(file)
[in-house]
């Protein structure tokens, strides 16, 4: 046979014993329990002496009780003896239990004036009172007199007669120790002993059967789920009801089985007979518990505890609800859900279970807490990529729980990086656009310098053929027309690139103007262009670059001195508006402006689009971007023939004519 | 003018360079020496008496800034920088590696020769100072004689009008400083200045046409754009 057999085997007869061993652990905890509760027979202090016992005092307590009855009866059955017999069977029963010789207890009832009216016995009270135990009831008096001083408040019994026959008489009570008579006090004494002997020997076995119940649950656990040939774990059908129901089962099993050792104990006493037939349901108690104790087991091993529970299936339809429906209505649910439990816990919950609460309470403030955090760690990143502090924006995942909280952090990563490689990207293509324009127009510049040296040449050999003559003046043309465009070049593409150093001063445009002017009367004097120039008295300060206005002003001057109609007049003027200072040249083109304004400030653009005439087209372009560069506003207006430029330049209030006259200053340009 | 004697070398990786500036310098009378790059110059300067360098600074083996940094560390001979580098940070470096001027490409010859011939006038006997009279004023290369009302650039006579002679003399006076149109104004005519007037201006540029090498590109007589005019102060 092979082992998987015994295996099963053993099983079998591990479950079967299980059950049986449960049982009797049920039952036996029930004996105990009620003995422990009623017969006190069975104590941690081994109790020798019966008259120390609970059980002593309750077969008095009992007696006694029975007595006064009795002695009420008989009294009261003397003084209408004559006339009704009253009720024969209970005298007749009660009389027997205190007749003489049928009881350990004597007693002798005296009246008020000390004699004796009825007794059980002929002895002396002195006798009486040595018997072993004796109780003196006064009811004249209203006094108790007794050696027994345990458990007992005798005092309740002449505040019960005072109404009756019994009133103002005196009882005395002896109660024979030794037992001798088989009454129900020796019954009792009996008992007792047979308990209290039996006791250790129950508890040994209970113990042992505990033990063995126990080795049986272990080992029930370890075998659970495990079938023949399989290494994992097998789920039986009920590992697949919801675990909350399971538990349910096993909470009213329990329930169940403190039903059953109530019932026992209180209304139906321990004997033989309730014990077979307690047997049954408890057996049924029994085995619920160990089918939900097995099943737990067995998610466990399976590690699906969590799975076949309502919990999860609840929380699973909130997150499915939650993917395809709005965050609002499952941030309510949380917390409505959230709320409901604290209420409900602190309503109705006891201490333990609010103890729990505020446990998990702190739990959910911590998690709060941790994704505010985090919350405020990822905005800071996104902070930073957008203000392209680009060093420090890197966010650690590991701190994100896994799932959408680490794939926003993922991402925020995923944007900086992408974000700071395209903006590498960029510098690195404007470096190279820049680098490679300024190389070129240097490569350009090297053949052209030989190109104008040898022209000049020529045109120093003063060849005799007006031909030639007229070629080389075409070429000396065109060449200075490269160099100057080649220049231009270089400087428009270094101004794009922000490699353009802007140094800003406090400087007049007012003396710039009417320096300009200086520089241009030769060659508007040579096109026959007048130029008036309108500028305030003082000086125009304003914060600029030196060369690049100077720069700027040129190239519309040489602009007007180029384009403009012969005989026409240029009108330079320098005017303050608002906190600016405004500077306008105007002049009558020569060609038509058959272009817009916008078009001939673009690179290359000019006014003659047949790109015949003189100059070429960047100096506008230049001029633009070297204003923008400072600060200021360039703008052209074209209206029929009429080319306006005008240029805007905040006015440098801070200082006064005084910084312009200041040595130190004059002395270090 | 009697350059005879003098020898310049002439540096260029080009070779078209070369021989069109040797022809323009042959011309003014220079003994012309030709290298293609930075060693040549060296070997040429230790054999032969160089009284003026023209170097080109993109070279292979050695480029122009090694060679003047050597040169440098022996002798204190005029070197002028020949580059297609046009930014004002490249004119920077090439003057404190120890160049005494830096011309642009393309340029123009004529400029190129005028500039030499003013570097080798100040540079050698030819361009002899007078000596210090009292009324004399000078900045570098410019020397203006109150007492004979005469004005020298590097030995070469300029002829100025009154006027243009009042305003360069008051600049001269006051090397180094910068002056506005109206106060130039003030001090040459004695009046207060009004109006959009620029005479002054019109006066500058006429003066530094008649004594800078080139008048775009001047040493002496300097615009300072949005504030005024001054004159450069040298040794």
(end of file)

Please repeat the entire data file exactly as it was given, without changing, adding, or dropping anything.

[in-house]
């Protein structure tokens, strides 16, 4: 046979014993329990002496009780003896239990004036009172007199007669120790002993059967789920009801089985007979518990505890609800859900279970807490990529729980990086656009310098053929027309690139103007262009670059001195508006402006689009971007023939004519 | 003018360079020496008496800034920088590696020769100072004689009008400083200045046409754009 057999085997007869061993652990905890509760027979202090016992005092307590009855009866059955017999069977029963010789207890009832009216016995009270135990009831008096001083408040019994026959008489009570008579006090004494002997020997076995119940649950656990040939774990059908129901089962099993050792104990006493037939349901108690104790087991091993529970299936339809429906209505649910439990816990919950609460309470403030955090760690990143502090924006995942909280952090990563490689990207293509324009127009510049040296040449050999003559003046043309465009070049593409150093001063445009002017009367004097120039008295300060206005002003001057109609007049003027200072040249083109304004400030653009005439087209372009560069506003207006430029330049209030006259200053340009 | 004697070398990786500036310098009378790059110059300067360098600074083996940094560390001979580098940070470096001027490409010859011939006038006997009279004023290369009302650039006579002679003399006076149109104004005519007037201006540029090498590109007589005019102060 092979082992998987015994295996099963053993099983079998591990479950079967299980059950049986449960049982009797049920039952036996029930004996105990009620003995422990009623017969006190069975104590941690081994109790020798019966008259120390609970059980002593309750077969008095009992007696006694029975007595006064009795002695009420008989009294009261003397003084209408004559006339009704009253009720024969209970005298007749009660009389027997205190007749003489049928009881350990004597007693002798005296009246008020000390004699004796009825007794059980002929002895002396002195006798009486040595018997072993004796109780003196006064009811004249209203006094108790007794050696027994345990458990007992005798005092309740002449505040019960005072109404009756019994009133103002005196009882005395002896109660024979030794037992001798088989009454129900020796019954009792009996008992007792047979308990209290039996006791250790129950508890040994209970113990042992505990033990063995126990080795049986272990080992029930370890075998659970495990079938023949399989290494994992097998789920039986009920590992697949919801675990909350399971538990349910096993909470009213329990329930169940403190039903059953109530019932026992209180209304139906321990004997033989309730014990077979307690047997049954408890057996049924029994085995619920160990089918939900097995099943737990067995998610466990399976590690699906969590799975076949309502919990999860609840929380699973909130997150499915939650993917395809709005965050609002499952941030309510949380917390409505959230709320409901604290209420409900602190309503109705006891201490333990609010103890729990505020446990998990702190739990959910911590998690709060941790994704505010985090919350405020990822905005800071996104902070930073957008203000392209680009060093420090890197966010650690590991701190994100896994799932959408680490794939926003993922991402925020995923944007900086992408974000700071395209903006590498960029510098690195404007470096190279820049680098490679300024190389070129240097490569350009090297053949052209030989190109104008040898022209000049020529045109120093003063060849005799007006031909030639007229070629080389075409070429000396065109060449200075490269160099100057080649220049231009270089400087428009270094101004794009922000490699353009802007140094800003406090400087007049007012003396710039009417320096300009200086520089241009030769060659508007040579096109026959007048130029008036309108500028305030003082000086125009304003914060600029030196060369690049100077720069700027040129190239519309040489602009007007180029384009403009012969005989026409240029009108330079320098005017303050608002906190600016405004500077306008105007002049009558020569060609038509058959272009817009916008078009001939673009690179290359000019006014003659047949790109015949003189100059070429960047100096506008230049001029633009070297204003923008400072600060200021360039703008052209074209209206029929009429080319306006005008240029805007905040006015440098801070200082006064005084910084312009200041040595130190004059002395270090 | 009697350059005879003098020898310049002439540096260029080009070779078209070369021989069109040797022809323009042959011309003014220079003994012309030709290298293609930075060693040549060296070997040429230790054999032969160089009284003026023209170097080109993109070279292979050695480029122009090694060679003047050597040169440098022996002798204190005029070197002028020949580059297609046009930014004002490249004119920077090439003057404190120890160049005494830096011309642009393309340029123009004529400029190129005028500039030499003013570097080798100040540079050698030819361009002899007078000596210090009292009324004399000078900045570098410019020397203006109150007492004979005469004005020298590097030995070469300029002829100025009154006027243009009042305003360069008051600049001269006051090397180094910068002056506005109206106060130039003030001090040459004695009046207060009004109006959009620029005479002054019109006066500058006429003066530094008649004594800078080139008048775009001047040493002496300097615009300072949005504030005024001054004159450069040298040794």